Lake Fishing From a Different Angle
One method for fishing lakes that is slow to catch on in the US but that is popular in the UK and elsewhere is fishing vertically instead of horizontally like you do stripping a sinking line.
There are a few ways to do this that are especially effective because they cover several depths at once. One easy method is with a static nymph rig. This is simple yet effective. Attach 2 or 3 (where legal) weighted nymphs to droppers on a single leader at different depths where you expect fish and hang them under an indicator.
Most people do this with chironomids and other similar flies but other nymphs like scuds, hares ears, zug bugs, and pheasant tails can also be quite effective. Another method is to use a very heavy nymph, something good sized with a tungsten bead, as your point fly (end of the leader) and then attach other nymphs to droppers along the leader. I like to space them 2 to 3 feet apart. Use a floating line, or intermediate for deep water. Cast and then let the heavy nymph fall towards the bottom. When you think it is at a good depth begin to bring the flies to you with a very slow retrieve with pauses so the heavy fly continually pulls the leader straight downward but the floating line keeps the leader vertical. This allows you to cover different depths with the same rig according to how long you let flies sink and how fast you retrieve and if you don't retrieve too fast your flies each cover different depths.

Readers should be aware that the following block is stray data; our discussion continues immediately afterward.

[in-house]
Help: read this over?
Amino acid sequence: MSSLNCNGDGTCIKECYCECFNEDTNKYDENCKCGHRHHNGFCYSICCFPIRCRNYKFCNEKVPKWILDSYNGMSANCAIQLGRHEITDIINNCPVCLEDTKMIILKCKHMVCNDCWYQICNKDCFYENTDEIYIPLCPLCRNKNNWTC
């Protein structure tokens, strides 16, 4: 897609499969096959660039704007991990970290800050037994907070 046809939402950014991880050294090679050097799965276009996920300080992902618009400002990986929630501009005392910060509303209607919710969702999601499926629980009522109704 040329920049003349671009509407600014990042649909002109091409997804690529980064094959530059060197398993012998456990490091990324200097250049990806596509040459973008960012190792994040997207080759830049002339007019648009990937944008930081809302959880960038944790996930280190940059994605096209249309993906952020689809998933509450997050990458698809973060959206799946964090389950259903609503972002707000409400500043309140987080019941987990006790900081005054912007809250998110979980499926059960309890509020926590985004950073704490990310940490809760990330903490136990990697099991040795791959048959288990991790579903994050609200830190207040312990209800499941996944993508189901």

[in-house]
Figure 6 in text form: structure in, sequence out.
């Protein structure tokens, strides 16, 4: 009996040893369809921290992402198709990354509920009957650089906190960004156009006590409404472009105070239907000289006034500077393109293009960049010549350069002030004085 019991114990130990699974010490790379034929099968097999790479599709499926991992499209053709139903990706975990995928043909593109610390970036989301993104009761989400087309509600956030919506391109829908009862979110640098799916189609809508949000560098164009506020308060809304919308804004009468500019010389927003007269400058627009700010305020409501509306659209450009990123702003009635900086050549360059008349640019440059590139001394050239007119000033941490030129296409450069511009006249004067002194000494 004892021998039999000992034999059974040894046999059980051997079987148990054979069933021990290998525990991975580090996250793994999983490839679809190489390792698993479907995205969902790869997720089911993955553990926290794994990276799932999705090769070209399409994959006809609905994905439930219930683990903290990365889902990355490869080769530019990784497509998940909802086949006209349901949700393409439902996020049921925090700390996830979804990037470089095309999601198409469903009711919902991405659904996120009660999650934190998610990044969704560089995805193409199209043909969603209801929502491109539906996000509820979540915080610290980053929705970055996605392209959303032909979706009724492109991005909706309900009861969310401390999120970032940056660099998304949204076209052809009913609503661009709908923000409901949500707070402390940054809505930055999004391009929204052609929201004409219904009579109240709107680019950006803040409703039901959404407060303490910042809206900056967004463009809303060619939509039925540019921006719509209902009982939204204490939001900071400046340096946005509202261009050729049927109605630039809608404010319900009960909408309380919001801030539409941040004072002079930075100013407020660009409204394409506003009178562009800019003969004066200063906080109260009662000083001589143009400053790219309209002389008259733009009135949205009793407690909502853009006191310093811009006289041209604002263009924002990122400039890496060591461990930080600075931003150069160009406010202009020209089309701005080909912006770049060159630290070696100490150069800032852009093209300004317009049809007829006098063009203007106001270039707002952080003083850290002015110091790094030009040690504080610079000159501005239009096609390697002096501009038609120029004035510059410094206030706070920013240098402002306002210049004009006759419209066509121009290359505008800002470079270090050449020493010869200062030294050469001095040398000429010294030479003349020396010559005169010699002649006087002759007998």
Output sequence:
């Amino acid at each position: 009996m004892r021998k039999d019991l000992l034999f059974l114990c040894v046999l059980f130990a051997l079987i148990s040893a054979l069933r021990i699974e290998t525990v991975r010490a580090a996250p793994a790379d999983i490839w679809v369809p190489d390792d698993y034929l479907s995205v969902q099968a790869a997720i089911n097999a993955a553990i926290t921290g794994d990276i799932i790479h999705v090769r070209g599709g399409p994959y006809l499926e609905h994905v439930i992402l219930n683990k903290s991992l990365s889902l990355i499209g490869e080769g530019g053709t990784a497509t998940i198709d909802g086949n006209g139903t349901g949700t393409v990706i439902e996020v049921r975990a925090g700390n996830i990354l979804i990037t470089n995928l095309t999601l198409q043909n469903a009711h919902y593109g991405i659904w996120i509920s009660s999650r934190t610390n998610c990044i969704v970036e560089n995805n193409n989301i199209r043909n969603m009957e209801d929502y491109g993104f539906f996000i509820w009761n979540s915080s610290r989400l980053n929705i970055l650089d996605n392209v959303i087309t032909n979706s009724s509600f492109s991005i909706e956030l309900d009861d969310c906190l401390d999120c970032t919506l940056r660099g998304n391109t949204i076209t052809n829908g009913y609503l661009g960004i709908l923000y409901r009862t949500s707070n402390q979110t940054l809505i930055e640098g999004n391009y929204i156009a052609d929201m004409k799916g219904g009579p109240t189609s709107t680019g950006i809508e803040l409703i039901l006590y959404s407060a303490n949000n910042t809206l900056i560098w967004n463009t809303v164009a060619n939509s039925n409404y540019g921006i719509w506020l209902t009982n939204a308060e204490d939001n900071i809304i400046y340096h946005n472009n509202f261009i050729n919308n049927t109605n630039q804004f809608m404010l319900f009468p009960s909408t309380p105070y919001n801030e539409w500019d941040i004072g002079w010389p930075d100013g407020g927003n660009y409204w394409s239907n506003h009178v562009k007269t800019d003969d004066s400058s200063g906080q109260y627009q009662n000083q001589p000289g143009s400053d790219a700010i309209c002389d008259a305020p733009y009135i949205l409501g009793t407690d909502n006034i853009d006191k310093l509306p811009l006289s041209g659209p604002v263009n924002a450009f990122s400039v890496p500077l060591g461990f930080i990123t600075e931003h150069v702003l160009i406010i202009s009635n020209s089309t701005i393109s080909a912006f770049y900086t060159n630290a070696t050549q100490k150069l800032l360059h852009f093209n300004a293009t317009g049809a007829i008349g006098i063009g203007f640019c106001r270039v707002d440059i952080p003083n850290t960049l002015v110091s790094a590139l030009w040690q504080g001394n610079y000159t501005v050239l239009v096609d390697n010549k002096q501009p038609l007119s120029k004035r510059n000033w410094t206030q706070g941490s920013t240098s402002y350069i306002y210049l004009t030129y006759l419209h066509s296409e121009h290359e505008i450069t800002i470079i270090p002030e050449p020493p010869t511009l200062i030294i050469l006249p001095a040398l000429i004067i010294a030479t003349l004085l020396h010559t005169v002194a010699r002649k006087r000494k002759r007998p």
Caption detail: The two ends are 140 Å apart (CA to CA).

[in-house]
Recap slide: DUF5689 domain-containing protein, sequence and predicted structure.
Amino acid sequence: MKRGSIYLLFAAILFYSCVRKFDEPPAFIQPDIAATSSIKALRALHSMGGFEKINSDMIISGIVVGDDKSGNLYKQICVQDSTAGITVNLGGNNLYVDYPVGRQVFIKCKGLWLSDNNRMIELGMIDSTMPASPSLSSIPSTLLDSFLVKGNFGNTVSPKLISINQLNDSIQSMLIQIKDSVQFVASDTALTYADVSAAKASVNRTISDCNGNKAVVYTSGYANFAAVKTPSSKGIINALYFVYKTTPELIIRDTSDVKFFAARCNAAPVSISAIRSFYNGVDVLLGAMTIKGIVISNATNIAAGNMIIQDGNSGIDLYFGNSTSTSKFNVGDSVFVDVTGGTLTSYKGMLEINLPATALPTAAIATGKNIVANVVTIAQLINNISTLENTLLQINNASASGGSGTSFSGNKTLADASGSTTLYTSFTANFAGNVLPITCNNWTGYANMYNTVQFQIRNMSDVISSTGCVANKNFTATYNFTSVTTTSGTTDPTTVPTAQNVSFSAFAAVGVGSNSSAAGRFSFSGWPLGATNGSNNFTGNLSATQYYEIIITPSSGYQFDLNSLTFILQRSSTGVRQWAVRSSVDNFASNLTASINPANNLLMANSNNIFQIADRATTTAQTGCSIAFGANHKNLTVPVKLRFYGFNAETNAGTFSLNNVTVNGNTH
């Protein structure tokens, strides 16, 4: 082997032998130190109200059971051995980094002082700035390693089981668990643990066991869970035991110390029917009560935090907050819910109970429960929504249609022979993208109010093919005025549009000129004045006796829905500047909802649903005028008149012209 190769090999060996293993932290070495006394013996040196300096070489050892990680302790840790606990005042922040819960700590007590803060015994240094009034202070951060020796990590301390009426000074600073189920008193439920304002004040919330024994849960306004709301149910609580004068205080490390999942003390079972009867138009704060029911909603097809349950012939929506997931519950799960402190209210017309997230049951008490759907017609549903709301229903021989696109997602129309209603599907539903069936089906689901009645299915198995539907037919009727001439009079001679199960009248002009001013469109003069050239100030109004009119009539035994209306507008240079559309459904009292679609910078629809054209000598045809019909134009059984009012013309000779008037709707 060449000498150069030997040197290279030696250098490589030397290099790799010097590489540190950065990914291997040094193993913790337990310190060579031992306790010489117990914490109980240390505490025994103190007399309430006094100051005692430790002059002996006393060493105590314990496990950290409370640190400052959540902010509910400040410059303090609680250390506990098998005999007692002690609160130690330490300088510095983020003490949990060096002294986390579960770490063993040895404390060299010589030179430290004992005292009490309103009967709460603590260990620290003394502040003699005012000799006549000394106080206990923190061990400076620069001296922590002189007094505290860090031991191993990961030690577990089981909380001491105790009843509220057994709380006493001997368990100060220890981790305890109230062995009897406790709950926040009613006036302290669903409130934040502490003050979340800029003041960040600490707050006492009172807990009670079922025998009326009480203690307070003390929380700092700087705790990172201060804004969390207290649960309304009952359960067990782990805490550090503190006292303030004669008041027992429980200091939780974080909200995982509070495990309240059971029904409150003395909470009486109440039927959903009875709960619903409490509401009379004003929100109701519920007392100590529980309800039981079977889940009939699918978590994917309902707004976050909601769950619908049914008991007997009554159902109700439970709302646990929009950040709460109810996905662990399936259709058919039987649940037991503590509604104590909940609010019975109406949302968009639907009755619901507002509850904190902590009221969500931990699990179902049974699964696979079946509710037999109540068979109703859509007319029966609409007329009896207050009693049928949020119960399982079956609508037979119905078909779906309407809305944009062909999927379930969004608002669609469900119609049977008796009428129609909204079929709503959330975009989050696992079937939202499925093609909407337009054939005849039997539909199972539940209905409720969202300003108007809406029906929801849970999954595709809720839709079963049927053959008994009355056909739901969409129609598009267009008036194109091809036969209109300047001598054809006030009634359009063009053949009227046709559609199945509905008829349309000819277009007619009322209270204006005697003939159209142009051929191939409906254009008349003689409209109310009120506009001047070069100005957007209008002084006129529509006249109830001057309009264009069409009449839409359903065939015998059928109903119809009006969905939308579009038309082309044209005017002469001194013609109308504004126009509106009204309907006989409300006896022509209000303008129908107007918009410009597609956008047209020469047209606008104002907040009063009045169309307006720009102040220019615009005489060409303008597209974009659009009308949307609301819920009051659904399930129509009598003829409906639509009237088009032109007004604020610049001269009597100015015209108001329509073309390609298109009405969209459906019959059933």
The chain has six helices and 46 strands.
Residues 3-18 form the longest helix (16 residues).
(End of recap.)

Allow the flies to hang straight down as they get close and lift them slowly. Many fish will strike at this point. Experiment with these types of rigs on your favorite lake and you'll be glad. Often, especially when the bite is a bit off, catch rates doing this will be much better than they would be with buggers.